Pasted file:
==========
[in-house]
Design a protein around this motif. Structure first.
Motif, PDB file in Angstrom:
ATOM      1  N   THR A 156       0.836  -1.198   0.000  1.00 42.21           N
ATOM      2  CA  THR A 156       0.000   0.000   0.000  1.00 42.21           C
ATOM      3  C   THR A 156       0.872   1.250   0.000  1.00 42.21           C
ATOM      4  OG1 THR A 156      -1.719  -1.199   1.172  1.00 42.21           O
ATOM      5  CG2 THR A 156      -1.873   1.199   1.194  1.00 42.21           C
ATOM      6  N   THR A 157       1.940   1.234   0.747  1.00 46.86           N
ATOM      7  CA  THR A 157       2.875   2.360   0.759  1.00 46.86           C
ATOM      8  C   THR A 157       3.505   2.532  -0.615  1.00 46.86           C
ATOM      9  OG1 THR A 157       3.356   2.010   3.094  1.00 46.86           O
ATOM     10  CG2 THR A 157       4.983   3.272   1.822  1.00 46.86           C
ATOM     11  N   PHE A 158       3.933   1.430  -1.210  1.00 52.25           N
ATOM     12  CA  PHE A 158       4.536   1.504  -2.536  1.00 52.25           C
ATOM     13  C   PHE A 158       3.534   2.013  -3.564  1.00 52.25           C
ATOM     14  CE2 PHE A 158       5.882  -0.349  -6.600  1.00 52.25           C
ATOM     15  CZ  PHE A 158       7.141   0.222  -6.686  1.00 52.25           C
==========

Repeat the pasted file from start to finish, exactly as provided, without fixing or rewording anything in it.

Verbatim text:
[in-house]
Design a protein around this motif. Structure first.
Motif, PDB file in Angstrom:
ATOM      1  N   THR A 156       0.836  -1.198   0.000  1.00 42.21           N
ATOM      2  CA  THR A 156       0.000   0.000   0.000  1.00 42.21           C
ATOM      3  C   THR A 156       0.872   1.250   0.000  1.00 42.21           C
ATOM      4  OG1 THR A 156      -1.719  -1.199   1.172  1.00 42.21           O
ATOM      5  CG2 THR A 156      -1.873   1.199   1.194  1.00 42.21           C
ATOM      6  N   THR A 157       1.940   1.234   0.747  1.00 46.86           N
ATOM      7  CA  THR A 157       2.875   2.360   0.759  1.00 46.86           C
ATOM      8  C   THR A 157       3.505   2.532  -0.615  1.00 46.86           C
ATOM      9  OG1 THR A 157       3.356   2.010   3.094  1.00 46.86           O
ATOM     10  CG2 THR A 157       4.983   3.272   1.822  1.00 46.86           C
ATOM     11  N   PHE A 158       3.933   1.430  -1.210  1.00 52.25           N
ATOM     12  CA  PHE A 158       4.536   1.504  -2.536  1.00 52.25           C
ATOM     13  C   PHE A 158       3.534   2.013  -3.564  1.00 52.25           C
ATOM     14  CE2 PHE A 158       5.882  -0.349  -6.600  1.00 52.25           C
ATOM     15  CZ  PHE A 158       7.141   0.222  -6.686  1.00 52.25           C